Most arresting and memorable are the changes of emotion and core beliefs that occur within our young man. His own discovery of animosity towards America, while still grateful for the opportunities he was given feels true. It is a young man who begins with hope of a prosperous future for himself in America and his family back in Pakistan, but is disillusioned by a combination of American politics and capitalism. Who's to say which had the most negative effect? Perhaps it is mostly about discovery within himself of someone who finds value in the unsayable, empathy & compassion for the least among us and realizes he cannot turn a blind eye to the harder truths of the world.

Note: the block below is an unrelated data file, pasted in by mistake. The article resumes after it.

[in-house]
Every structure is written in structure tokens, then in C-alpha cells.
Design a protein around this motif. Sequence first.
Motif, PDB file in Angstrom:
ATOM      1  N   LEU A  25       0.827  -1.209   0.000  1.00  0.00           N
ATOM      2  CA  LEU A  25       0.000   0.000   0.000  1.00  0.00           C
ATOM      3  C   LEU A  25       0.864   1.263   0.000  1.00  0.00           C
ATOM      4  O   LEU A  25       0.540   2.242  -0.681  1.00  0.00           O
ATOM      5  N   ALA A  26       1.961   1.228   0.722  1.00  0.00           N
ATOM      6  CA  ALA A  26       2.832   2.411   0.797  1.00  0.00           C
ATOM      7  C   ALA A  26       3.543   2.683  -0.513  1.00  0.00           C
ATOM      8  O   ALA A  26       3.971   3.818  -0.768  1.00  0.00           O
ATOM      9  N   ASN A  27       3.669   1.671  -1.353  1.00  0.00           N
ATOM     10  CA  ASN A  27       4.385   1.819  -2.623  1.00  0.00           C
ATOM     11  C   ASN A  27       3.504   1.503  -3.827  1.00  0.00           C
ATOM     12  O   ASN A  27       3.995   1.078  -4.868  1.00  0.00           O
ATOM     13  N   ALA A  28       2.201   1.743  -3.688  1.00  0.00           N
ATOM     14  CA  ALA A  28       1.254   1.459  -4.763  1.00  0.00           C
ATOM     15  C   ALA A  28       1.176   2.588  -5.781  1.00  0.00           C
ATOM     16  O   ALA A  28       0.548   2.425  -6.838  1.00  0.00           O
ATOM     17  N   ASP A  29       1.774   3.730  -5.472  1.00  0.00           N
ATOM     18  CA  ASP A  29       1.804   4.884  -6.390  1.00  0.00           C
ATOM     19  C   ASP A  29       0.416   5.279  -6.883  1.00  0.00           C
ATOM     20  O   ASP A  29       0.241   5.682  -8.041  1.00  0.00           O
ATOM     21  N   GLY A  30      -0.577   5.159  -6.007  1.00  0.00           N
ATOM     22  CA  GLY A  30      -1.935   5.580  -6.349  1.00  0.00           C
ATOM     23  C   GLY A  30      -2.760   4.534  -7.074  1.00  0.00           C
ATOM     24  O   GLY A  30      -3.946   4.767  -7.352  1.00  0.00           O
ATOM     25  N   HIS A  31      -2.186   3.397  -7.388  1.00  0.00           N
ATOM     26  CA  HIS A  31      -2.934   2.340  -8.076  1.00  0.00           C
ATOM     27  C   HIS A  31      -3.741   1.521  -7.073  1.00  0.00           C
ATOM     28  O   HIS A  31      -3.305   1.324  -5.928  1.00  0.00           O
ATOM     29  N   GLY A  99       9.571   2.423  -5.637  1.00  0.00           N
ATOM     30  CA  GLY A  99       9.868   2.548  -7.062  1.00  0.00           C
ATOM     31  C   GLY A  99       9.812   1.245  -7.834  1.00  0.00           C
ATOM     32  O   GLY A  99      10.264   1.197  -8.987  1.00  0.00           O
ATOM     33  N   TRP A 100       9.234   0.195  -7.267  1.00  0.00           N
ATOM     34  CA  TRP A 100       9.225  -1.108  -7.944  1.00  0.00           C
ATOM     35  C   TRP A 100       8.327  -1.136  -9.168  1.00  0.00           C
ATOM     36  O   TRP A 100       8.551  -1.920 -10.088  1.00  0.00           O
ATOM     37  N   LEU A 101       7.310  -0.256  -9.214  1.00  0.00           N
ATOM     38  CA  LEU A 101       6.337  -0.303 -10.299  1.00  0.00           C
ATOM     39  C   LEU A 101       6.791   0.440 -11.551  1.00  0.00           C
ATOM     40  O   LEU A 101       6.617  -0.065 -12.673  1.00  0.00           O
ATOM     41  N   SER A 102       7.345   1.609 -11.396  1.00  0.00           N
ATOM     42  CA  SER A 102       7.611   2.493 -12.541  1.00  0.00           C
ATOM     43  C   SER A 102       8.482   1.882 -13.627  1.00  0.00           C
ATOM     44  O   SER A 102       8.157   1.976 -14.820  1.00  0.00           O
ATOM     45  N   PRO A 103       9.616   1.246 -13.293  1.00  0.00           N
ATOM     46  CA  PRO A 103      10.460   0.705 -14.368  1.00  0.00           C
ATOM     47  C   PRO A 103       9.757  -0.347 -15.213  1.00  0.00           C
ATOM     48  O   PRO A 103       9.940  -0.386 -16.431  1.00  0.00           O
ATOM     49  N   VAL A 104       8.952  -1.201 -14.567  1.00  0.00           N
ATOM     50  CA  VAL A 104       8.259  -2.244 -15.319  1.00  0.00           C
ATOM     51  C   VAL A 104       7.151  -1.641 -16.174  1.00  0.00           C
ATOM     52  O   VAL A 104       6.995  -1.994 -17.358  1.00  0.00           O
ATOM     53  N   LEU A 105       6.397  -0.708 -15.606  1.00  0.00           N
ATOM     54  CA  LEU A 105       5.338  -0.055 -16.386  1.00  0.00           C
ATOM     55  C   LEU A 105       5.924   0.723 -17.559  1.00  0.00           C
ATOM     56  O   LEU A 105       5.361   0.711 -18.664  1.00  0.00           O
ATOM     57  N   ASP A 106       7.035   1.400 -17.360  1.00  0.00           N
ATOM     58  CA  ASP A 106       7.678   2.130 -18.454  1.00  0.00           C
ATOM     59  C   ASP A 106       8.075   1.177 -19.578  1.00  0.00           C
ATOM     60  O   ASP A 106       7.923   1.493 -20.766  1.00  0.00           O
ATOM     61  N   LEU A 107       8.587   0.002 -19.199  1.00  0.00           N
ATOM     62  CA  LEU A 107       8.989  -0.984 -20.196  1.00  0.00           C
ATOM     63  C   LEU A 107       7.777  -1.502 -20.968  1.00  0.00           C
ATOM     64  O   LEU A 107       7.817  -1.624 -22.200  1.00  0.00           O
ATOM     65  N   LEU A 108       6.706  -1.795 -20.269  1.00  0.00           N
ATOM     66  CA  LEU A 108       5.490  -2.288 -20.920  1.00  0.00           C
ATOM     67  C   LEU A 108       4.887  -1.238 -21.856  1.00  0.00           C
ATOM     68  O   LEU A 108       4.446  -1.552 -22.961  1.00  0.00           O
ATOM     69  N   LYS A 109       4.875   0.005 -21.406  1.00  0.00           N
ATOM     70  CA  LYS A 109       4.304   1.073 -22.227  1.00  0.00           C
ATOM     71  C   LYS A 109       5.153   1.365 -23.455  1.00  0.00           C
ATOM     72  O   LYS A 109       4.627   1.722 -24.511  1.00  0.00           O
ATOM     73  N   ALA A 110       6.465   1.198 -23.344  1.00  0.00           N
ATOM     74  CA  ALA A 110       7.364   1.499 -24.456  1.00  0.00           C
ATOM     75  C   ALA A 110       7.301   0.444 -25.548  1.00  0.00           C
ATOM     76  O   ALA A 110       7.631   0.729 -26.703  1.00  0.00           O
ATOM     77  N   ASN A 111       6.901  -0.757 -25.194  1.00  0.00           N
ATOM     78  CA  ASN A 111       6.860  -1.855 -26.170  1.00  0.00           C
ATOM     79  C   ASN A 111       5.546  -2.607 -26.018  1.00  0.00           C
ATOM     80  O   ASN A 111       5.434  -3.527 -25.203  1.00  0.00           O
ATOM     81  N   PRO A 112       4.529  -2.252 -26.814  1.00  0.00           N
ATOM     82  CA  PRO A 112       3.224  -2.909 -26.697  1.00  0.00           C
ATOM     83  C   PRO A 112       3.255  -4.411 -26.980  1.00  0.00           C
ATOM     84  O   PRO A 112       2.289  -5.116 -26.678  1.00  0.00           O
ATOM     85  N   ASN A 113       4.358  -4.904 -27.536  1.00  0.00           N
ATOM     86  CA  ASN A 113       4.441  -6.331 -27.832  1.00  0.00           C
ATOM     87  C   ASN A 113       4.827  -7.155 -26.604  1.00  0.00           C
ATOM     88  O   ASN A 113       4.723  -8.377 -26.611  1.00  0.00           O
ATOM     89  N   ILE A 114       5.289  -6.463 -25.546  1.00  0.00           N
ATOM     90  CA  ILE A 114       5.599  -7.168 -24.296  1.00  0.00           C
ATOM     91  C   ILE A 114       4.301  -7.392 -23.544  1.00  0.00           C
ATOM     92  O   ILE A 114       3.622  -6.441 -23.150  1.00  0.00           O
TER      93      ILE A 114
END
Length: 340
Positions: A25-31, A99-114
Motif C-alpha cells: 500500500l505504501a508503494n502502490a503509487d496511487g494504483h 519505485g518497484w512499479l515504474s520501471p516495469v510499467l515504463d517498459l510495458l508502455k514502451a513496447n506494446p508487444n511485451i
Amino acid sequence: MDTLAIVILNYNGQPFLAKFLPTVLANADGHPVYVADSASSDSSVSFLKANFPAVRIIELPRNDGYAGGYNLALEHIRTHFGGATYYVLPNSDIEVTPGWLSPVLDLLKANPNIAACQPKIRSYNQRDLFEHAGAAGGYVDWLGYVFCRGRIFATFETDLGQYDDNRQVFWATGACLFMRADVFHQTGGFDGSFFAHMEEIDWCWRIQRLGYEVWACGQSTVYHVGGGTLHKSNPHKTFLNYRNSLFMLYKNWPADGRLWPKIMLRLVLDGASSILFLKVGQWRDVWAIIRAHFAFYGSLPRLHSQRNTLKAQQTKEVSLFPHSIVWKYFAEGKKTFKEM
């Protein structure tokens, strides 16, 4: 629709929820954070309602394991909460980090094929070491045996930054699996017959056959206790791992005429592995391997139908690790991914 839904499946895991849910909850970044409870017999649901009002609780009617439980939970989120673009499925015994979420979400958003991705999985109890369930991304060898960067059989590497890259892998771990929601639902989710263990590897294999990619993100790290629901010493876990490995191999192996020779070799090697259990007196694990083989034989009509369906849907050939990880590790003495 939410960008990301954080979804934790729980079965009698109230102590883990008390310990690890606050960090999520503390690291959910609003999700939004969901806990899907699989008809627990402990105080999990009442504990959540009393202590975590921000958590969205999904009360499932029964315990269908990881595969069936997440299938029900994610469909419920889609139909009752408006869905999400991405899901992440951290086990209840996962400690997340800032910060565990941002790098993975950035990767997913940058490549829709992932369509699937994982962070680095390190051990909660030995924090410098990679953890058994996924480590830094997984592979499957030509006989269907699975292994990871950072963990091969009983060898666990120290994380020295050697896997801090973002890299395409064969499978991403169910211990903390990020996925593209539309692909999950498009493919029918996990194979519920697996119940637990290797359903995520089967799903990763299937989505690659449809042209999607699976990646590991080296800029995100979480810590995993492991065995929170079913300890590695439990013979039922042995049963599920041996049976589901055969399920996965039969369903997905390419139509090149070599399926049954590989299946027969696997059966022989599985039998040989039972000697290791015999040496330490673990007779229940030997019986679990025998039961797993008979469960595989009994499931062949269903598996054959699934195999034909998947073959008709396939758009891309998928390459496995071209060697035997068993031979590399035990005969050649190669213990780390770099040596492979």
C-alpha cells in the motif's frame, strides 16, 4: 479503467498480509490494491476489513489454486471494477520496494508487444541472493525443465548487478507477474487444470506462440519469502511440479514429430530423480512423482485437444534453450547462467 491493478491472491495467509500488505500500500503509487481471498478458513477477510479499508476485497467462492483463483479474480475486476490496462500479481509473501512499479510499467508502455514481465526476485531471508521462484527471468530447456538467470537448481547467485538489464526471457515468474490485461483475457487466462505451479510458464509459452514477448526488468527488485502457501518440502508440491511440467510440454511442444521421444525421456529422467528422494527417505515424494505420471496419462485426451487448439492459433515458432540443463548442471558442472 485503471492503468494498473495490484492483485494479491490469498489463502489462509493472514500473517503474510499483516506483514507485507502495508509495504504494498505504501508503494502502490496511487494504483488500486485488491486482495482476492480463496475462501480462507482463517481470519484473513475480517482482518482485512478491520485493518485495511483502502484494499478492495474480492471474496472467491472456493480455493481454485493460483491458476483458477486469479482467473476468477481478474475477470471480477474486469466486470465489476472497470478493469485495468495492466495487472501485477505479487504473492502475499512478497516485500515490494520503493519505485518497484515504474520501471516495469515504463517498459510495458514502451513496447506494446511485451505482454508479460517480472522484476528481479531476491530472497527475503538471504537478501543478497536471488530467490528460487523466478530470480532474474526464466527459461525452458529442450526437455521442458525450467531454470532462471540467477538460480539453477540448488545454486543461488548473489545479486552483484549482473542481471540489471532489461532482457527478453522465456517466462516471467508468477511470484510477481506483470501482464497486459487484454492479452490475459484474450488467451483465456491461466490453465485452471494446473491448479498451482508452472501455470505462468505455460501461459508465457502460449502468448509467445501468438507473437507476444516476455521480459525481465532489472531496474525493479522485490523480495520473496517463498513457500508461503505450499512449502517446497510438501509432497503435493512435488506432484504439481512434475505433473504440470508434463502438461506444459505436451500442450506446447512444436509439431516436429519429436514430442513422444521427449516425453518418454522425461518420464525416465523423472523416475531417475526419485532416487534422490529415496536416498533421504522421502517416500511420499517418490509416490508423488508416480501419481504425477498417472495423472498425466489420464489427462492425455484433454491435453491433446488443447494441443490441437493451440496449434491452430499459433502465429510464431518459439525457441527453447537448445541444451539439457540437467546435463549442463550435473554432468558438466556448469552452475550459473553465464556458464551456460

Hamid's novel is brief, simple but not without a forward-moving intensity that keeps you page-turning until you have no choice but to put the book down. And in the time between setting it aside and picking it up again, you think of it. You ponder Changez, the world he lives in now in Lahore, the world he left in New York.

The author, Mohsin Hamid, is Pakistani. He did attend Princeton and is only a few years older than his character here. Keep in mind also that Hamid began this novel in the summer of 2000, nearly a hear and a half before the events of 9/11. The voice feels just that personal, that authentic and that impassioned.

The writing is bold, precise and feels well-calculated. The sentences and images well-crafted without verging into the saccharinely poetic. The story itself builds to a climax without conclusion. Ultimately, seeing through the eyes of our protagonist and accompanying him on this journey, however brief, left me feeling quite humble.